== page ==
Technology in terms you understand. Sign up for the Confident Computing newsletter for weekly solutions to make your life easier. Click here and get The Ask Leo! Guide to Staying Safe on the Internet — FREE Edition as my thank you for subscribing!

Why Are Emails I Receive Five Minutes out of Sync?

Question: I know that this has been covered in checking settings in Control Panel and Calendar, adjusting for Daylight Savings Time and such, but I’m not an hour or half hour out of sync, only five minutes. My system clock time is correct; but if I receive an email that arrives at,  7:35 on my inbox, the actual system time is showing 7:30. That means that Outlook time is five minutes ahead of the system time. I’m not sure how this can be as I thought the two were synchronized.

Outlook doesn’t keep its own time. Outlook uses the system time.

The real issue here is understanding where the “time” comes from when you receive an email.

When you send an email, Outlook applies the current system time to that email and sends it off to wherever it’s going to go. When somebody sends you an email, that message gets marked with the time of the sender. In other words, the system clock on that person’s machine is what’s used to actually mark when the email was sent.

Now, that means a couple of interesting things.

Become a Patron of Ask Leo! and go ad-free!

Sending email to different time zones

If the person sending you email is in a different time zone, the email system has to understand how to account for the time zone difference. As you’ve pointed out, that’s one of the common situations that people run into when they find out that their email times seem to be an hour or more off. One of the machines (either the sending or receiving computer) doesn’t have the correct time zone set. This is more common when Daylight Savings Time comes into play because that changes the time and happens at different times in different countries.

The email infrastructure is actually built to handle all of this.

Clocks and Time ZonesWhen email gets sent, the actual time that appears in the email headers (the headers that you normally don’t see) includes universal time (in other words: Greenwich Mean Time, GMT or UTC depending on how you want to look at it) and an indication of how far from GMT the sending location is. So, the email system will actually say something one o’clock and then minus 600 to indicate that it’s six hours from GMT.

Now, that accounts for all of the hour issues and some of the occasional half hour kind of issues.

Five minute differences

In your situations, I believe the person who sent you the email is the one who is off. Or, rather, it’s their computer’s clock that’s off. That’s the one that marks the time when they send email.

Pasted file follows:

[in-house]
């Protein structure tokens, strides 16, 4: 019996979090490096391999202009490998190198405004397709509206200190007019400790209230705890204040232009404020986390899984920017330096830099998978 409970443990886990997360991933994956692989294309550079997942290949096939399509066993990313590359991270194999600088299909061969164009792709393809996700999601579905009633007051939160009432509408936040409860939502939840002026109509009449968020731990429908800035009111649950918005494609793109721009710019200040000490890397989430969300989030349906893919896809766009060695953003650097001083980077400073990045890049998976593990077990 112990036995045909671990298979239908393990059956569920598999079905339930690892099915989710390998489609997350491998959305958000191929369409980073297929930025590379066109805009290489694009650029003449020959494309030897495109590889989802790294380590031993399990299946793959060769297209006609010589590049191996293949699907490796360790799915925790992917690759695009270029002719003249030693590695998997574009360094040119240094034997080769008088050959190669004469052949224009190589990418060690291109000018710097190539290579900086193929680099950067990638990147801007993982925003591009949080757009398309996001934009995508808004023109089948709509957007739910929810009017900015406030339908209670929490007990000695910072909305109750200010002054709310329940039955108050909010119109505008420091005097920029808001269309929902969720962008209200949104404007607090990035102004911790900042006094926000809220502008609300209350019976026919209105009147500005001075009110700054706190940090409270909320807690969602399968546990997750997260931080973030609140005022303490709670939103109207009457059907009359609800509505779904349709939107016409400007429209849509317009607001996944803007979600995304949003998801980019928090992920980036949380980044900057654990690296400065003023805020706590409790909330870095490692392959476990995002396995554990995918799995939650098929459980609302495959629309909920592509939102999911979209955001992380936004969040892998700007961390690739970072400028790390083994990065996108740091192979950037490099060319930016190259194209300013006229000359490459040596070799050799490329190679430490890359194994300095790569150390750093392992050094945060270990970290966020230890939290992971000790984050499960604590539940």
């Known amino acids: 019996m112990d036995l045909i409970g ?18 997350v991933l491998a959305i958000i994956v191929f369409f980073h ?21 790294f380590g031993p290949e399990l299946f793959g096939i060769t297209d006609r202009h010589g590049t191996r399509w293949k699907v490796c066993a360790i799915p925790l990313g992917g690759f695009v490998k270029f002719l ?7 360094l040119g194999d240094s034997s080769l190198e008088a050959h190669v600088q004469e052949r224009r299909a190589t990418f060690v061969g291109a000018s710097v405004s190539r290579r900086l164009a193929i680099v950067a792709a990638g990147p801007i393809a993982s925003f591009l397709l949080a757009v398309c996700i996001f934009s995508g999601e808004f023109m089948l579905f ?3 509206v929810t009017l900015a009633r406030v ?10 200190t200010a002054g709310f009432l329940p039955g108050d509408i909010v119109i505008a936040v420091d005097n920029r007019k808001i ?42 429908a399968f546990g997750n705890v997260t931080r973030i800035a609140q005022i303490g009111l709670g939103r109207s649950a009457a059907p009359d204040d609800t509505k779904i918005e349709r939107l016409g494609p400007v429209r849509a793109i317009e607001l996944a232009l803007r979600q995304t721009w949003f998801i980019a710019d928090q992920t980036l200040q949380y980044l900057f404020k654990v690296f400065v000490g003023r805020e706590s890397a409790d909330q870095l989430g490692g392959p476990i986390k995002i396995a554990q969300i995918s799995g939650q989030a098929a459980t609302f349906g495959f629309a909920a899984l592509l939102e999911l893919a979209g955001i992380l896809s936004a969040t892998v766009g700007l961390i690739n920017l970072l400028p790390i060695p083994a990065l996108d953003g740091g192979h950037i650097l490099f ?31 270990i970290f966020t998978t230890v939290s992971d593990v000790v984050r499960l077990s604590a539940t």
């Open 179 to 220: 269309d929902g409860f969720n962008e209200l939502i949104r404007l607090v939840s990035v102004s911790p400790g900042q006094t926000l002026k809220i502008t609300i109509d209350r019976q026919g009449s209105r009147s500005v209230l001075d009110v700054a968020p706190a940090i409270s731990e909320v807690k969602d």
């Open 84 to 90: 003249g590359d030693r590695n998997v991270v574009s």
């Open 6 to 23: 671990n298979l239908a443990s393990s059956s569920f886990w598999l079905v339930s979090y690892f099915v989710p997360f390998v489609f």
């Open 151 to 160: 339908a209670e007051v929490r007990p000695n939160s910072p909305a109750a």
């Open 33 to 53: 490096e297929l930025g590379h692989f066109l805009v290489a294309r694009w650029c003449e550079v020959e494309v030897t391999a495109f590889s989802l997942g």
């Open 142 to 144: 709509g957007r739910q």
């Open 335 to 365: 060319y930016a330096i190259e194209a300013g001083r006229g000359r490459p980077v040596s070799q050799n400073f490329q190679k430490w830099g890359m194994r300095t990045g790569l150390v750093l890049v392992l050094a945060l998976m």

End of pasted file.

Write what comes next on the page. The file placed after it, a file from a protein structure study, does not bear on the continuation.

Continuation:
I’ve actually experienced this; it’s really, really weird to get an email before it was sent if you were paying attention to the time. The reality is that the sender’s clock and yours differed by five or so minutes (whatever the discrepancy turns out to be).

Unfortunately, there really isn’t a good way for the mail system to account for any of this. It simply has to trust that the sending email program on the sending email machine has the same concept of “what time it is” as compared to wherever the email is being sent.

The bottom line is the difference in time has nothing to do with Outlook and your machine; it’s actually a difference between your machine and the machine of the person that sent you the email in the first place.

Do this

Subscribe to Confident Computing! Less frustration and more confidence, solutions, answers, and tips in your inbox every week.

I'll see you there!

5 comments on “Why Are Emails I Receive Five Minutes out of Sync?”

  1. Once upon a time, I sent an email. Later I received a polite email from the postmaster of the receiving email system advising me to check the time on my computer because the receiving email system detected that there might be an issue. Sure enough, my system clock was wrong.

  2. I do not believe that outlook uses the system time. I have the same problem and if I send a email to myself the sending time is not the same as the system time. It is still a few minutes ahead.

  3. Experiencing an issue with a PC running Windows 7 Pro, and utilizing 2003 Microsoft Outlook. Yesterday I replaced the CMOS Battery, and it appears to have resolved my Internal Clock issue, however, we are now experiencing a new issue with emails coming into the PC.

    For example the PC is now received emails at 9:02 am (correct time), but display a time of receipt at 8:02 am. (sent internally from another PC in the building at 9:02 am). I have checked both of the “clock” settings on each PC; both of them are set to the same setting “GMT-06:00 Central Time US & Canada”, both display the correct time in the bottom right hand corner on each respective desktop. Any ideas to explain the email time difference? Thank you!


Leave a reply:

Before commenting please:

  • Read the article.
  • Comment on the article.
  • No personal information.
  • No spam.

Comments violating those rules will be removed. Comments that don't add value will be removed, including off-topic or content-free comments, or comments that look even a little bit like spam. All comments containing links and certain keywords will be moderated before publication.

I want comments to be valuable for everyone, including those who come later and take the time to read.